New Cancer Care Program recognized for putting patients first

Thursday, August 4, 2011 - 8:31am

When patients are diagnosed with cancer, they of course want to receive timely confirmation of their first appointment with an oncologist. The Cancer Care Program was recently recognized by Accreditation Canada for their work to improve their triage process to meet this important need.

Several years ago, patients were experiencing frustration and anxiety as they awaited notice of their first appointment. At the time, the Cancer Care Program was facing growing wait times, increasing demand and a shortage of medical and radiation oncologists. The existing triage system simply wasn’t working, as it relied on physicians who were facing greater demand than they could meet. The result was that patients were often notified of appointments at the last minute. Sometimes, because of the short notice between notification and the actual appointment time, patients were unable to make appointments, compounding the problem.

“The triage process didn’t seem to be a good use of scarce physician resources and wasn’t meeting patient needs,” says Vickie Sullivan, director, Cancer Care. An ambulatory care review at the time identified the need for the triage process in Cancer Care to be redesigned. The redesign, led by an interdisciplinary team, proposed transferring many of the triage responsibilities to highly skilled clerks, who would take on the role of referral officers.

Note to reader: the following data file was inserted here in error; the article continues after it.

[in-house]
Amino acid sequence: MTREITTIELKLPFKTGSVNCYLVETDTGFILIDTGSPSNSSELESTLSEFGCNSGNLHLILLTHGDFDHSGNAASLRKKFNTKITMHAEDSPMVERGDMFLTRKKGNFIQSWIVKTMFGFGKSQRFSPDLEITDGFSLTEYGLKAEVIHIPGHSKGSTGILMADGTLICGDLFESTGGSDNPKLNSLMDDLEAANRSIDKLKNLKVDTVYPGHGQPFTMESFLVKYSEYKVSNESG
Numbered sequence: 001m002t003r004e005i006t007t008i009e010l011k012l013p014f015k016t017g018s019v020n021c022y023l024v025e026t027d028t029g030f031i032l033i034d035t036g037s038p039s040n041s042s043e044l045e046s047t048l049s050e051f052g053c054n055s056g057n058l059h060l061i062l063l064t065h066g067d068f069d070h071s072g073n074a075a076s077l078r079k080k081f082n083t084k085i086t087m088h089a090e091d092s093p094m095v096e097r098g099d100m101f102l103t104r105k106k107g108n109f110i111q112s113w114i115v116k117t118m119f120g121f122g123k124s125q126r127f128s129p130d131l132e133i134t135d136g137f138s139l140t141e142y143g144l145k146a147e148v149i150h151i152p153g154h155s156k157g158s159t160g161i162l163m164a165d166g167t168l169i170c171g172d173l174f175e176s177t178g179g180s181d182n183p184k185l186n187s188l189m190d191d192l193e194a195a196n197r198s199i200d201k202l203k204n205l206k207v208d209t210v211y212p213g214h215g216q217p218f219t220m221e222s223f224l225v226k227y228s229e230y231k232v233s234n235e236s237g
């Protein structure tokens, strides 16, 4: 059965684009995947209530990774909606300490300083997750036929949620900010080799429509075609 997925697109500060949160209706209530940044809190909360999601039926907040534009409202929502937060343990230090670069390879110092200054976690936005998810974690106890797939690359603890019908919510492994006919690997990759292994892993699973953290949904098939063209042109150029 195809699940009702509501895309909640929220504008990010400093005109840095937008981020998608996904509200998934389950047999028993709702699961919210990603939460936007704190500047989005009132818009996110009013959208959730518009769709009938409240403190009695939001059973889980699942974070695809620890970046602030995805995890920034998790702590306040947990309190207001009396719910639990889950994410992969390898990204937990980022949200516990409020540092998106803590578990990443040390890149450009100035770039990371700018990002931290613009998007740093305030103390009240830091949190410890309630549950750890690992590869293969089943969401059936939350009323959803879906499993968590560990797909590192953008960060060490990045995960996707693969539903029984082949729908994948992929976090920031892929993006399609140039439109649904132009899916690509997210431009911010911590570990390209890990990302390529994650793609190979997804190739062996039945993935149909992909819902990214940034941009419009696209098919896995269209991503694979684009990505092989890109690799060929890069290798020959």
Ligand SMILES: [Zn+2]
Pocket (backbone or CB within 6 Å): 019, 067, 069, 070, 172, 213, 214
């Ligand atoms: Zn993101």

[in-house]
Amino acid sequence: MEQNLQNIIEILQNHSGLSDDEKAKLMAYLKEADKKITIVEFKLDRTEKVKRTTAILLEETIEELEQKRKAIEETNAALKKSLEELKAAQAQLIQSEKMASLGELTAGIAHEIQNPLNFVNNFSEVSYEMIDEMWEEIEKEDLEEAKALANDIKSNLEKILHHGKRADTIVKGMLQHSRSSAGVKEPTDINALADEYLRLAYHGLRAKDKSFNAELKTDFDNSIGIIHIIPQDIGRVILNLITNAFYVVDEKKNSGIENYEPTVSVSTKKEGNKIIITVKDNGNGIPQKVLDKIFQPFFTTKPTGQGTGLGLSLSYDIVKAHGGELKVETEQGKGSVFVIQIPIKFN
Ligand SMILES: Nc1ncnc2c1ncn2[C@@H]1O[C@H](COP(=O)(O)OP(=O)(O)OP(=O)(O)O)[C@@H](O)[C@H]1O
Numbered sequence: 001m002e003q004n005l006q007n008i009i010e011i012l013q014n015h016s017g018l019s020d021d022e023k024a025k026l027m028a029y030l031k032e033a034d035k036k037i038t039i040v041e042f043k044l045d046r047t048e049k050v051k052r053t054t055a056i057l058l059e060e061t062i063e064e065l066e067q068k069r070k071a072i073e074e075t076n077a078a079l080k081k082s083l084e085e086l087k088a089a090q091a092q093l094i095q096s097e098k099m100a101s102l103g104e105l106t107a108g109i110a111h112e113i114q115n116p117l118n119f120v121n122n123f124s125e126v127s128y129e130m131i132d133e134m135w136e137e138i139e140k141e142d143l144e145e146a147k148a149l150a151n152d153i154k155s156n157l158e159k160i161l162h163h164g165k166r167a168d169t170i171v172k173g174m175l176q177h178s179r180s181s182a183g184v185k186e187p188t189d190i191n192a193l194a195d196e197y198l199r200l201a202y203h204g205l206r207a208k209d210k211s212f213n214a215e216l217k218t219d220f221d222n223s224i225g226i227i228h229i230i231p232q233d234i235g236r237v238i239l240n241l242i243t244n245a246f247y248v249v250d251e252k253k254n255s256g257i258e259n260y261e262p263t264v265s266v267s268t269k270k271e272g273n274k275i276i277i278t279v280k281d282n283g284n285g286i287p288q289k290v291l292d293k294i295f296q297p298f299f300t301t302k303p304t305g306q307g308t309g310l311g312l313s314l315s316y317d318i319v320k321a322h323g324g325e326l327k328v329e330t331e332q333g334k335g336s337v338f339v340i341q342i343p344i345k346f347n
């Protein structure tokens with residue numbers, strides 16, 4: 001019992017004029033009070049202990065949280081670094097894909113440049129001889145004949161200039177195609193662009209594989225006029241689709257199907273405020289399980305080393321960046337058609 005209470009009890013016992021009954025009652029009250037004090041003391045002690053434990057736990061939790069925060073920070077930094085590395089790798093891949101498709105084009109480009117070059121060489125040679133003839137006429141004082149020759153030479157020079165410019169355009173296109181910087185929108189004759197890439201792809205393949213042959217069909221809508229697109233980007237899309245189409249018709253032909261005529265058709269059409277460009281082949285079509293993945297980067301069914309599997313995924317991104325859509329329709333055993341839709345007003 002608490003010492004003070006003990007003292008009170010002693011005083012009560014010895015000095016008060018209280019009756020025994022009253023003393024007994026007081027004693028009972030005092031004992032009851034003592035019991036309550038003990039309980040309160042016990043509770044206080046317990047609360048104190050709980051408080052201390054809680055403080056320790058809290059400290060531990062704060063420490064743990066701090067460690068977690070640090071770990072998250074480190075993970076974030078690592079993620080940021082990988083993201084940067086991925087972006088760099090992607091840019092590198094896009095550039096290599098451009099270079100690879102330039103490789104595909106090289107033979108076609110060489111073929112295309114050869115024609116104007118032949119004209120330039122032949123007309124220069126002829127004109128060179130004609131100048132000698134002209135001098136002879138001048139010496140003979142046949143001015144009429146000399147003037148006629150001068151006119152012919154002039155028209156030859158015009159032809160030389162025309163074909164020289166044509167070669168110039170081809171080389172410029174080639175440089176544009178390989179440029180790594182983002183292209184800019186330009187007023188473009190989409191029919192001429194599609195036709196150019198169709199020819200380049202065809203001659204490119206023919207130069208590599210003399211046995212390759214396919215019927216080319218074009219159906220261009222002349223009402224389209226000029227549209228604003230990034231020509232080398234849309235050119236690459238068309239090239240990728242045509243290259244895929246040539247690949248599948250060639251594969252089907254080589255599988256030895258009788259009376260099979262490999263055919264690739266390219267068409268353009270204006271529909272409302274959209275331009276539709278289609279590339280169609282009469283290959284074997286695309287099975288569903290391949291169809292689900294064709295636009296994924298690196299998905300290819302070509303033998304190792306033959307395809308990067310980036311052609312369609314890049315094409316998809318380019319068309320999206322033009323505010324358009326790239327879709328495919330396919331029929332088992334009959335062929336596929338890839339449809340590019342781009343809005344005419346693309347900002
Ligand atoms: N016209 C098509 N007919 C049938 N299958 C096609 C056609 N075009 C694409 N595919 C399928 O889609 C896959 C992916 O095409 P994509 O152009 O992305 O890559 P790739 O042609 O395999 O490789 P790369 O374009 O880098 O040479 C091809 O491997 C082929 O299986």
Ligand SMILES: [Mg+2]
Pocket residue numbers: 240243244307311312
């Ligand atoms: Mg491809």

To make this model work, teams for each cancer site (e.g. lung, breast) had to create written guidelines that referral officers could understand and use when triaging patient appointments. The team also revamped the referral process, notifying referring physicians (often surgeons) when an appointment was made so that he or she, who knew the patient best, could notify him or her of the appointment. This also addressed a frequent complaint that referring physicians were not aware when their patients would be seen.

Because so many team members were involved in the development of the new triage process, implementation was smooth. “We established the relationships that allowed success,” says Jodie Trembley, program officer.

Thanks to the new system, patients receive notification of appointments much more quickly, relieving their anxiety. “The number of concerned phone calls from patients and family members dropped tremendously after we changed our process,” explains Jodie.

In addition, physician time is freed up to focus on other priorities, and referral officers are able to work to their full ability.

Vickie says Accreditation Canada’s recognition of the clerical triage program as a leading practice speaks to the fact that the initiative followed best quality improvement practices, and is sustainable. The question that originally drove the initiative is even more relevant today: “How do we use our resources most efficiently and effectively for the benefit of patients and the system?”

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